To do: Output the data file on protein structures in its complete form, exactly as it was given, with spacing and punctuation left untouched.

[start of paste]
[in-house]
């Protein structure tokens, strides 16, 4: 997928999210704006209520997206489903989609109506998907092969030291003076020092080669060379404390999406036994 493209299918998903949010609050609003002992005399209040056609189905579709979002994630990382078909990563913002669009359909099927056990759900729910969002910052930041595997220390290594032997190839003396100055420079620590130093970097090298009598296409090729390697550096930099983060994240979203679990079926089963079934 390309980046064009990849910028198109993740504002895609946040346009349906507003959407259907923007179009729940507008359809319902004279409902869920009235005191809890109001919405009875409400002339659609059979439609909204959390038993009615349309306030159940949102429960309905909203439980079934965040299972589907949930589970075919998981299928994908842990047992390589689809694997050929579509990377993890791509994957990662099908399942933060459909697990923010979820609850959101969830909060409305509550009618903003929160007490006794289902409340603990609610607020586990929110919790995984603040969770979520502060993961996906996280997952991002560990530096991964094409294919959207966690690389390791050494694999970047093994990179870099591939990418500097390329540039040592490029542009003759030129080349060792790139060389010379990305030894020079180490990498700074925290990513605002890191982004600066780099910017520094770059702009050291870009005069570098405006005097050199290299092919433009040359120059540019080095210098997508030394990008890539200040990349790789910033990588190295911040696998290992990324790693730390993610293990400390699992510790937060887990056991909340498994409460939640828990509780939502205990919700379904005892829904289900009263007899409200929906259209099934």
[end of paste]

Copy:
[in-house]
């Protein structure tokens, strides 16, 4: 997928999210704006209520997206489903989609109506998907092969030291003076020092080669060379404390999406036994 493209299918998903949010609050609003002992005399209040056609189905579709979002994630990382078909990563913002669009359909099927056990759900729910969002910052930041595997220390290594032997190839003396100055420079620590130093970097090298009598296409090729390697550096930099983060994240979203679990079926089963079934 390309980046064009990849910028198109993740504002895609946040346009349906507003959407259907923007179009729940507008359809319902004279409902869920009235005191809890109001919405009875409400002339659609059979439609909204959390038993009615349309306030159940949102429960309905909203439980079934965040299972589907949930589970075919998981299928994908842990047992390589689809694997050929579509990377993890791509994957990662099908399942933060459909697990923010979820609850959101969830909060409305509550009618903003929160007490006794289902409340603990609610607020586990929110919790995984603040969770979520502060993961996906996280997952991002560990530096991964094409294919959207966690690389390791050494694999970047093994990179870099591939990418500097390329540039040592490029542009003759030129080349060792790139060389010379990305030894020079180490990498700074925290990513605002890191982004600066780099910017520094770059702009050291870009005069570098405006005097050199290299092919433009040359120059540019080095210098997508030394990008890539200040990349790789910033990588190295911040696998290992990324790693730390993610293990400390699992510790937060887990056991909340498994409460939640828990509780939502205990919700379904005892829904289900009263007899409200929906259209099934």